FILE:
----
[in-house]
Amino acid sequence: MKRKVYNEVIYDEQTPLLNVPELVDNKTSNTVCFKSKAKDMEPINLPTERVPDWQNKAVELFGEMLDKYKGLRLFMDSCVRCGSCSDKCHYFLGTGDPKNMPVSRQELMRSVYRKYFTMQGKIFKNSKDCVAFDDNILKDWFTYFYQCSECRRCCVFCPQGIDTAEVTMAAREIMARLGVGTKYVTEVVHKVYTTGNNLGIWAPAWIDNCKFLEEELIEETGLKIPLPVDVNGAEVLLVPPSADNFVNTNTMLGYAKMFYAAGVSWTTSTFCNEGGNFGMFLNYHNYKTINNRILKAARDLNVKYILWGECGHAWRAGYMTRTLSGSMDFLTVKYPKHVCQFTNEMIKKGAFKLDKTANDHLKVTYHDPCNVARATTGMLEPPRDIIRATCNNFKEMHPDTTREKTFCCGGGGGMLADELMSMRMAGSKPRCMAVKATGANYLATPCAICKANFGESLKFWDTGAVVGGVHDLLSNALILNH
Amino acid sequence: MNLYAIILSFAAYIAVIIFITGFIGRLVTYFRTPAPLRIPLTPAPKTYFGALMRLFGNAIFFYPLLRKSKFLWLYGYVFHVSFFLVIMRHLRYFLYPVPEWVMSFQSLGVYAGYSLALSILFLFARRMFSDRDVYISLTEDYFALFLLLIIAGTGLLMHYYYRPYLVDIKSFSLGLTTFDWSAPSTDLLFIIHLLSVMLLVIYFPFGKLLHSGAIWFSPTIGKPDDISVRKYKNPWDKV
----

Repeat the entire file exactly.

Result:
[in-house]
Amino acid sequence: MKRKVYNEVIYDEQTPLLNVPELVDNKTSNTVCFKSKAKDMEPINLPTERVPDWQNKAVELFGEMLDKYKGLRLFMDSCVRCGSCSDKCHYFLGTGDPKNMPVSRQELMRSVYRKYFTMQGKIFKNSKDCVAFDDNILKDWFTYFYQCSECRRCCVFCPQGIDTAEVTMAAREIMARLGVGTKYVTEVVHKVYTTGNNLGIWAPAWIDNCKFLEEELIEETGLKIPLPVDVNGAEVLLVPPSADNFVNTNTMLGYAKMFYAAGVSWTTSTFCNEGGNFGMFLNYHNYKTINNRILKAARDLNVKYILWGECGHAWRAGYMTRTLSGSMDFLTVKYPKHVCQFTNEMIKKGAFKLDKTANDHLKVTYHDPCNVARATTGMLEPPRDIIRATCNNFKEMHPDTTREKTFCCGGGGGMLADELMSMRMAGSKPRCMAVKATGANYLATPCAICKANFGESLKFWDTGAVVGGVHDLLSNALILNH
Amino acid sequence: MNLYAIILSFAAYIAVIIFITGFIGRLVTYFRTPAPLRIPLTPAPKTYFGALMRLFGNAIFFYPLLRKSKFLWLYGYVFHVSFFLVIMRHLRYFLYPVPEWVMSFQSLGVYAGYSLALSILFLFARRMFSDRDVYISLTEDYFALFLLLIIAGTGLLMHYYYRPYLVDIKSFSLGLTTFDWSAPSTDLLFIIHLLSVMLLVIYFPFGKLLHSGAIWFSPTIGKPDDISVRKYKNPWDKV